TROPICAL PLANT ENCYCLOPEDIA


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Curcuma longa, Spice Turmeric, Longevity Spice, Indian Saffron, Tumeric

Curcuma longa

Spice Turmeric, Longevity Spice, Indian Saffron, Tumeric
Family: Zingiberaceae
Origin: Asia
USDA Zone: 8-11?
USDA Plant Hardiness MapSmall plant 2-5 ftFull sunSemi-shadeRegular waterPink flowersEthnomedical plant.
Plants marked as ethnomedical and/or described as medicinal, are not offered as medicine but rather as ornamentals or plant collectibles.
Ethnomedical statements / products have not been evaluated by the FDA and are not intended to diagnose, treat, cure, or prevent any disease. We urge all customers to consult a physician before using any supplements, herbals or medicines advertised here or elsewhere.Deciduous plantSpice or herbSubtropical, mature plant cold hardy at least to 30s F for a short time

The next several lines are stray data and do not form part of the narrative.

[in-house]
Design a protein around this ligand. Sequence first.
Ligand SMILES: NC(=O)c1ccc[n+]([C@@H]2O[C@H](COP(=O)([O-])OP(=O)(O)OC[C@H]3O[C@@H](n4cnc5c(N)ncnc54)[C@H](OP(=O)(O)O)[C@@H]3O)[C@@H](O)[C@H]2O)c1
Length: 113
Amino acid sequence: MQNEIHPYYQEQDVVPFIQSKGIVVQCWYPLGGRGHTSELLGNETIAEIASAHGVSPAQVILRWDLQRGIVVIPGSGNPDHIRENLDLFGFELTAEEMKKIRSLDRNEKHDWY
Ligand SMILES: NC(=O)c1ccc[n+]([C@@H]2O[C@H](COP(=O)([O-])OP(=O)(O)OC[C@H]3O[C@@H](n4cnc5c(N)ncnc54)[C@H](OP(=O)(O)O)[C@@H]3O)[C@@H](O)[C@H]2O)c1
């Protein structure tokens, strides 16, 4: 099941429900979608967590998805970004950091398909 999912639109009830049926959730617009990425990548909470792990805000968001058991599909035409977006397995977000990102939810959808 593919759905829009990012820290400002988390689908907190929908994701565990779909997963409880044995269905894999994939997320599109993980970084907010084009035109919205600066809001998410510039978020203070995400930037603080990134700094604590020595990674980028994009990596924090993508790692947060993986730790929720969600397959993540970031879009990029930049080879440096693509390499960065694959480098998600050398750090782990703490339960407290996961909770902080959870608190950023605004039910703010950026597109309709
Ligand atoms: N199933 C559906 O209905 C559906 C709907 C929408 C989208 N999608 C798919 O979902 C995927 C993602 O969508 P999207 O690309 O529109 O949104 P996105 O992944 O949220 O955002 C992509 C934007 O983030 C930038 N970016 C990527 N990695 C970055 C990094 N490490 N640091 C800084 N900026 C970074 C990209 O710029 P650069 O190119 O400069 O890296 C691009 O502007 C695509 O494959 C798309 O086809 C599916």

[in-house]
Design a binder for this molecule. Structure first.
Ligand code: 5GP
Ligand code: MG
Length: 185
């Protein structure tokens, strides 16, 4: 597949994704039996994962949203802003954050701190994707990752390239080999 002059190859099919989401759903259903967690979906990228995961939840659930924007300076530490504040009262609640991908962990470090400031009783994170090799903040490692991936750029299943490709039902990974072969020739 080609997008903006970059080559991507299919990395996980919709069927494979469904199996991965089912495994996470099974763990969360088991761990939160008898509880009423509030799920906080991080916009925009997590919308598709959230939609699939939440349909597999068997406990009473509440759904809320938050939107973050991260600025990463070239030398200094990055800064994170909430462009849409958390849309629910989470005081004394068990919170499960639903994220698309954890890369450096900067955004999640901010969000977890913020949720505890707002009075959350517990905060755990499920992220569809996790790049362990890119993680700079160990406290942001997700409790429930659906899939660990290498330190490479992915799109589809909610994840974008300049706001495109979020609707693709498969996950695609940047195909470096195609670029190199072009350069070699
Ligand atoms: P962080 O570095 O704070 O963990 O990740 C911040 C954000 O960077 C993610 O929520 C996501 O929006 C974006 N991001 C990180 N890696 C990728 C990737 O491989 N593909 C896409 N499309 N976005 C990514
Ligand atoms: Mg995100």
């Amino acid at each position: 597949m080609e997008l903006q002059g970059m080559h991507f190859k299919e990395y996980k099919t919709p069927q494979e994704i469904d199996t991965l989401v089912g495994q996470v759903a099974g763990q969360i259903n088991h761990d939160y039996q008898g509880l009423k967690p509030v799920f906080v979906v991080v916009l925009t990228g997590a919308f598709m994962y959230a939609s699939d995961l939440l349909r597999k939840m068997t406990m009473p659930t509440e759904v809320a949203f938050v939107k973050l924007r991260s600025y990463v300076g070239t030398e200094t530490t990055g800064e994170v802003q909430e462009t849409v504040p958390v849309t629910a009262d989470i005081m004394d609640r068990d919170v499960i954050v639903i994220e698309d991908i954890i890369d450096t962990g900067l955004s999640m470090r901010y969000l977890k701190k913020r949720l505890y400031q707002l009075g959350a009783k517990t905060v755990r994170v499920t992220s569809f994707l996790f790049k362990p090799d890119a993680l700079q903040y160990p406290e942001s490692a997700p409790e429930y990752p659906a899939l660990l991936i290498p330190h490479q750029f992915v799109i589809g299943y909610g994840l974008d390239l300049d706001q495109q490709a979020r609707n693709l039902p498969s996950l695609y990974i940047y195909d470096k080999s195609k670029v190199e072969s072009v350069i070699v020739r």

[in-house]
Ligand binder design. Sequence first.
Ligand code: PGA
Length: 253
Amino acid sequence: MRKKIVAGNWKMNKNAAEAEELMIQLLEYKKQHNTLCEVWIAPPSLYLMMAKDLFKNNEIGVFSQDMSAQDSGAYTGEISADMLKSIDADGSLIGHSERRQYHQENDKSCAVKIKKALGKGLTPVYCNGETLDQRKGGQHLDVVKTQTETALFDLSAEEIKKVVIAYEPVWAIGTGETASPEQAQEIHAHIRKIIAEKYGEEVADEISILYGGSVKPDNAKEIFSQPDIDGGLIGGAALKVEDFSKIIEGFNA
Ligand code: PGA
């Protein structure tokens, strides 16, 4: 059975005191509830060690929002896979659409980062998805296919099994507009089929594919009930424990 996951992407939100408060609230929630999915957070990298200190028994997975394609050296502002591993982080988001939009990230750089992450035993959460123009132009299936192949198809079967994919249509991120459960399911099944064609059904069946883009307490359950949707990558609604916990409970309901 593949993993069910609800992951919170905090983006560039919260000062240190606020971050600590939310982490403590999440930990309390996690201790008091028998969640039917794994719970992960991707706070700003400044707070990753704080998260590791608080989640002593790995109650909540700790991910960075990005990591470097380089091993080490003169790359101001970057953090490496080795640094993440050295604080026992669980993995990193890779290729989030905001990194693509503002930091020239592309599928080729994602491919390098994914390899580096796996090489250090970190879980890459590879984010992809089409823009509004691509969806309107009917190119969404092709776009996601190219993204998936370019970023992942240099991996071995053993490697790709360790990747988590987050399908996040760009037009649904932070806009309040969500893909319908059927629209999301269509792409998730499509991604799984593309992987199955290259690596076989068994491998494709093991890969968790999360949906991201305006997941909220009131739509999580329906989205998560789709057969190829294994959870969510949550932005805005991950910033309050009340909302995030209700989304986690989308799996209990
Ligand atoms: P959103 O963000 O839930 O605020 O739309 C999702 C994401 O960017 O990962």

Turmeric (Curcuma longa) is a small plant that grows to a height of 2-5 ft and has a deciduous nature. Native to Asia, it has been used for centuries as a medicinal as well as a culinary herb. It has pink flowers and is known as an ethnomedical plant as it has been used in traditional folk medicine as a cure for several ailments. Curcuma longa is also used as a spice or herb, and is a common ingredient in curry powder.

This plant requires full sun for optimal growth, however it can also thrive in semi-shade. It needs regular watering. In can be grown in USDA Zones 8-11. In cold regions, it can be grown in a pot.

The health benefits of turmeric have been attributed to its active component, curcumin, found in the root. This ingredient has anti-inflammatory and disinfecting properties, and has been used traditionally to treat cuts and abrasions, as well as certain internal diseases. Curcumin is believed to be particularly beneficial when taken with black pepper, as piperine in black pepper boosts the effectiveness of curcumin.

Apart from its medicinal uses, turmeric is also used in food and textile dyeing, as an additive to foods like butter, mustard and cheese, as a natural ant deterrent, and as a seasoning in Asian dishes. It is found in its powdered form and is often mis-spelt as Tumeric.





Link to this plant:
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Curcuma longa - Turmeric